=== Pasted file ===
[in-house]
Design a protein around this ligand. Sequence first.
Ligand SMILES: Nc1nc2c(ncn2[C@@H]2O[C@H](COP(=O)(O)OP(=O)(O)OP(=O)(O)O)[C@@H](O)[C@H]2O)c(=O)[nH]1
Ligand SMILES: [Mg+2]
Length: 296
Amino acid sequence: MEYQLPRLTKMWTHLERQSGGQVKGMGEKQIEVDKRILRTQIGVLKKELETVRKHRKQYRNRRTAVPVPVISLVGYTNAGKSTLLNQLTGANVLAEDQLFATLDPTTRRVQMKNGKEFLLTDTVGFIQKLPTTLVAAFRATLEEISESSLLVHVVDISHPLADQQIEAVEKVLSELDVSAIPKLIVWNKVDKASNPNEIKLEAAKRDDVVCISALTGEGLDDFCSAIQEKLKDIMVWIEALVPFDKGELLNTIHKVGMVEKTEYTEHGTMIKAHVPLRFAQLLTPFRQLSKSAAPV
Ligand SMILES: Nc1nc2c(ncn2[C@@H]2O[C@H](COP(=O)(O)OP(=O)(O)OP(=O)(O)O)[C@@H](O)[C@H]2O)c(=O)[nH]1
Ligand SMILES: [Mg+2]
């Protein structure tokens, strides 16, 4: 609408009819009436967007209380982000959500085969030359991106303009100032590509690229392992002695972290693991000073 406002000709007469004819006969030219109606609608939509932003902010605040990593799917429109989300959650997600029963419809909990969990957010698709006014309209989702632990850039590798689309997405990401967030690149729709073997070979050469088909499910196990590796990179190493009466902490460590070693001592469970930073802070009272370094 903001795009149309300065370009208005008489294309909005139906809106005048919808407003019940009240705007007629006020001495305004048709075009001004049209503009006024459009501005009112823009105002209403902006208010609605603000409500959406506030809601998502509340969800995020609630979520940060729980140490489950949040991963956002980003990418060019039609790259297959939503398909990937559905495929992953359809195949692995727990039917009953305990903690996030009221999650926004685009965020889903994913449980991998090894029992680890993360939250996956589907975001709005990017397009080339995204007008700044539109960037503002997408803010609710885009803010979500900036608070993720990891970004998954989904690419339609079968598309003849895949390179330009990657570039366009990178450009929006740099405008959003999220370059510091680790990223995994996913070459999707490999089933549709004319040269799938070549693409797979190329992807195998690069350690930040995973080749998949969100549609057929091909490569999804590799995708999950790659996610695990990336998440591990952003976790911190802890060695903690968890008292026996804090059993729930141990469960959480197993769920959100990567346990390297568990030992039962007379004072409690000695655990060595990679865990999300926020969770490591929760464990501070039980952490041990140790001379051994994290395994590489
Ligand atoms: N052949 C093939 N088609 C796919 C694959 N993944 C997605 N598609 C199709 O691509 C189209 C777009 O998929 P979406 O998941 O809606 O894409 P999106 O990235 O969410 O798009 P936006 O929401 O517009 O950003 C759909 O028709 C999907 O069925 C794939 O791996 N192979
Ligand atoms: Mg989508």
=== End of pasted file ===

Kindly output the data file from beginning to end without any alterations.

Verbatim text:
[in-house]
Design a protein around this ligand. Sequence first.
Ligand SMILES: Nc1nc2c(ncn2[C@@H]2O[C@H](COP(=O)(O)OP(=O)(O)OP(=O)(O)O)[C@@H](O)[C@H]2O)c(=O)[nH]1
Ligand SMILES: [Mg+2]
Length: 296
Amino acid sequence: MEYQLPRLTKMWTHLERQSGGQVKGMGEKQIEVDKRILRTQIGVLKKELETVRKHRKQYRNRRTAVPVPVISLVGYTNAGKSTLLNQLTGANVLAEDQLFATLDPTTRRVQMKNGKEFLLTDTVGFIQKLPTTLVAAFRATLEEISESSLLVHVVDISHPLADQQIEAVEKVLSELDVSAIPKLIVWNKVDKASNPNEIKLEAAKRDDVVCISALTGEGLDDFCSAIQEKLKDIMVWIEALVPFDKGELLNTIHKVGMVEKTEYTEHGTMIKAHVPLRFAQLLTPFRQLSKSAAPV
Ligand SMILES: Nc1nc2c(ncn2[C@@H]2O[C@H](COP(=O)(O)OP(=O)(O)OP(=O)(O)O)[C@@H](O)[C@H]2O)c(=O)[nH]1
Ligand SMILES: [Mg+2]
């Protein structure tokens, strides 16, 4: 609408009819009436967007209380982000959500085969030359991106303009100032590509690229392992002695972290693991000073 406002000709007469004819006969030219109606609608939509932003902010605040990593799917429109989300959650997600029963419809909990969990957010698709006014309209989702632990850039590798689309997405990401967030690149729709073997070979050469088909499910196990590796990179190493009466902490460590070693001592469970930073802070009272370094 903001795009149309300065370009208005008489294309909005139906809106005048919808407003019940009240705007007629006020001495305004048709075009001004049209503009006024459009501005009112823009105002209403902006208010609605603000409500959406506030809601998502509340969800995020609630979520940060729980140490489950949040991963956002980003990418060019039609790259297959939503398909990937559905495929992953359809195949692995727990039917009953305990903690996030009221999650926004685009965020889903994913449980991998090894029992680890993360939250996956589907975001709005990017397009080339995204007008700044539109960037503002997408803010609710885009803010979500900036608070993720990891970004998954989904690419339609079968598309003849895949390179330009990657570039366009990178450009929006740099405008959003999220370059510091680790990223995994996913070459999707490999089933549709004319040269799938070549693409797979190329992807195998690069350690930040995973080749998949969100549609057929091909490569999804590799995708999950790659996610695990990336998440591990952003976790911190802890060695903690968890008292026996804090059993729930141990469960959480197993769920959100990567346990390297568990030992039962007379004072409690000695655990060595990679865990999300926020969770490591929760464990501070039980952490041990140790001379051994994290395994590489
Ligand atoms: N052949 C093939 N088609 C796919 C694959 N993944 C997605 N598609 C199709 O691509 C189209 C777009 O998929 P979406 O998941 O809606 O894409 P999106 O990235 O969410 O798009 P936006 O929401 O517009 O950003 C759909 O028709 C999907 O069925 C794939 O791996 N192979
Ligand atoms: Mg989508």